Cholesterol and Food

The European Food Safety Authority reported that the consumption of saturated fat (i.e. meat and dairy) increases LDL- cholesterol levels. On the other hand, the consumption of mono- and/or polyunsaturated fats (nuts, fishes, olive oil) instead of saturated fats has been shown to lower bad cholesterol levels. (8)

Additionally, trans fatty acids which are widely used in industrial products, have raising effects on LDL-cholesterol. Moreover, unlike saturated fats, they also decrease HDL cholesterol levels, effecting the LDL/HDL ratio.

Studies have shown that diets rich in fibers have a beneficial effect and lower bad cholesterol levels. It is estimated that the caused LDL-cholesterol reduction due to changes in fiber intake can reach 10 %. Thus, it is important to consume fruits, vegetables, legumes and wholegrain cereals. (6)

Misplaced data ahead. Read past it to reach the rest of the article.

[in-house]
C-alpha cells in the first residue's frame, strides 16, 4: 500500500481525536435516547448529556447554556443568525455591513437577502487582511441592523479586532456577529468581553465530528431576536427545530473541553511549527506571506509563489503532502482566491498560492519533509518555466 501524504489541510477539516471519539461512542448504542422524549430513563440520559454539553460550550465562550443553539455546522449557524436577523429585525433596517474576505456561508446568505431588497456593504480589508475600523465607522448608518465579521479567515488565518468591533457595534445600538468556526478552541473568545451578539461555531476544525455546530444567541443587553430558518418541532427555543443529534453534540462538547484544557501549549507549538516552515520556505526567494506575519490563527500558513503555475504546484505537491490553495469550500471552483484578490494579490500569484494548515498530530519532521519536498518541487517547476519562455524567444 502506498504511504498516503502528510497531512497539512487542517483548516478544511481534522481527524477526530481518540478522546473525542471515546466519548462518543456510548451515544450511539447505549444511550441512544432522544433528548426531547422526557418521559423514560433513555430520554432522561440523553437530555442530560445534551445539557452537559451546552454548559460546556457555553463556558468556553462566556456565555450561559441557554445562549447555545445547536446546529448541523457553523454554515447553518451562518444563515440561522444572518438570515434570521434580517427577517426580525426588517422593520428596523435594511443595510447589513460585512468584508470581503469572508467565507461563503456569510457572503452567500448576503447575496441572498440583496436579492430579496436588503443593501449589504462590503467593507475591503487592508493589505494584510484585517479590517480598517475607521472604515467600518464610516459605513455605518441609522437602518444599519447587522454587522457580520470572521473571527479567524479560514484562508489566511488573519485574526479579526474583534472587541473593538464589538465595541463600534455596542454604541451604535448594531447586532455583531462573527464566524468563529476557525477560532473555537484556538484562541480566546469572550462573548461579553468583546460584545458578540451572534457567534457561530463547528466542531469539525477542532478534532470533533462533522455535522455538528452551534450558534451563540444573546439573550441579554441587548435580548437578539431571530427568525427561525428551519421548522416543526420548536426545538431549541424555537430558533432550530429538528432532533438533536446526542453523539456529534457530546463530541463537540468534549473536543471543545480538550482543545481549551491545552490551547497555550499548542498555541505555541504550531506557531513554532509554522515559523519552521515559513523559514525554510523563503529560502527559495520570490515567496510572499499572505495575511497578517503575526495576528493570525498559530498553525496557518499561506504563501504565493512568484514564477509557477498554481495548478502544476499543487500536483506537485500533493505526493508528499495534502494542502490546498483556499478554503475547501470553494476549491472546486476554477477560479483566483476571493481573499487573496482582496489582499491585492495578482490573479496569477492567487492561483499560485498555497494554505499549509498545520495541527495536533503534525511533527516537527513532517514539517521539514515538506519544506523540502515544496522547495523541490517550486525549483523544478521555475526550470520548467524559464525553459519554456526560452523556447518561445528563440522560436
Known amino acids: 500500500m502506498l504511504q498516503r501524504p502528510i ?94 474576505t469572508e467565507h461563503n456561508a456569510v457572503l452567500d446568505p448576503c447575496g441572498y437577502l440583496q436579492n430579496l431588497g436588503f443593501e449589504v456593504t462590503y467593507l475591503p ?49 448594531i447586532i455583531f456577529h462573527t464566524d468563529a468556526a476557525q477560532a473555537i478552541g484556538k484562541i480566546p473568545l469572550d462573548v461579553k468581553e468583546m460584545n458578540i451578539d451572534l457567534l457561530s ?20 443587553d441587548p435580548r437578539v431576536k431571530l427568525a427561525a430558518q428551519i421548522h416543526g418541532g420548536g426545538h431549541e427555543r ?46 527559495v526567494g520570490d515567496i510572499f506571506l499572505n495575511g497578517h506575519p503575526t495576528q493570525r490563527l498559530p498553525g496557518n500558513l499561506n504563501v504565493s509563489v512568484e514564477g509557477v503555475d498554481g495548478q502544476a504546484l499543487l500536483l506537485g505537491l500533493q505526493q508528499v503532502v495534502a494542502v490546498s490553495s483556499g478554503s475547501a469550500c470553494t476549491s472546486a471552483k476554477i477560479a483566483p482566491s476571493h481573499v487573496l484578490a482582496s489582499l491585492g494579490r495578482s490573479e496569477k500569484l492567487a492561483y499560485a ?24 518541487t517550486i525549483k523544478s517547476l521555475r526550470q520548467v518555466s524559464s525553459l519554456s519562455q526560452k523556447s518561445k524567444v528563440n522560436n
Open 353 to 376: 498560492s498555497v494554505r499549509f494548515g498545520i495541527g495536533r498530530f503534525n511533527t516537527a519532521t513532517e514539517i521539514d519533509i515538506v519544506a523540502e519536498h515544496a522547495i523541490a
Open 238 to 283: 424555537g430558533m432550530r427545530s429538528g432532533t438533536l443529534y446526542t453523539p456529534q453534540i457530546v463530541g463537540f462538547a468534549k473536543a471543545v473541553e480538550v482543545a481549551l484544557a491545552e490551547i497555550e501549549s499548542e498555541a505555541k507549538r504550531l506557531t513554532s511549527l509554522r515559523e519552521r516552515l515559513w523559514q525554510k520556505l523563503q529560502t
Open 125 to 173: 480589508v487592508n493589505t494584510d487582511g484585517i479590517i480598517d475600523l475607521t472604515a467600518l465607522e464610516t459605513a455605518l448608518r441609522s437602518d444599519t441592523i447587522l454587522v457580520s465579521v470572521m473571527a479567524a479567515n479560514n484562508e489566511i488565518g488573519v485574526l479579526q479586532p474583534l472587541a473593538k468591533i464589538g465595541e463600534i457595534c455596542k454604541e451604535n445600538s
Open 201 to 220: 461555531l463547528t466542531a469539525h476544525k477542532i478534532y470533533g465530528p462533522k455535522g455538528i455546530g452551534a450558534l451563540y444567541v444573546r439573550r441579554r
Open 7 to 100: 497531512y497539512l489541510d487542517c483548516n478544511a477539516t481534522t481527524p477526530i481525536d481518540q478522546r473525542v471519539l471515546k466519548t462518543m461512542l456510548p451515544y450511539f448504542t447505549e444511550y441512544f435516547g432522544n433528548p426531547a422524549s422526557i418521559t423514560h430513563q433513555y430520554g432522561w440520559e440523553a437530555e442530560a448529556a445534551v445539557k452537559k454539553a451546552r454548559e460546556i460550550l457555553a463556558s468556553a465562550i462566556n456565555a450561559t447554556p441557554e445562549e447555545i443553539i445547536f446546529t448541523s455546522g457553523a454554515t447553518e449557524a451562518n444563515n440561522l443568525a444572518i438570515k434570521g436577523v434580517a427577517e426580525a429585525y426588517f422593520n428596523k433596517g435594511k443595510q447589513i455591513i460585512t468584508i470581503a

Exercise and Cholesterol

Studies show that moderate-to-heavy aerobic exercise is associated with a better lipid profile. Regular training results to increased levels of HDL cholesterol. Studies indicate that greater changes in HDL-cholesterol levels could be achieved by additional increases in exercise training volume. (6)

Supplements to improve cholesterol

Plant sterols powder is one of the best available products to improve cholesterol levels. Plant sterols can decrease intestinal absorption of cholesterol. A recently published study (2016) reported that consumption of foods with added plant sterols/stanols is associated with a significant reduction in LDL cholesterol. Moreover, researchers mentioned that plant sterols may have a role in the management of patients whose cholesterol levels and cardiovascular risk do not justify the use of pharmacotherapy. (6)Additionally, plant sterols could be used on top of pharmacotherapy in patients who cannot achieve the recommended lipid levels. The association of plant sterols-fortified foods with anti-lipidemic drugs shows an additive effect on the reduction of total cholesterol and LDL-cholesterol levels. (9)Plant sterols can be consumed by children. Recommended dose for children 2 years of age and older is 2g/day as a replacement for other fat sources. (10)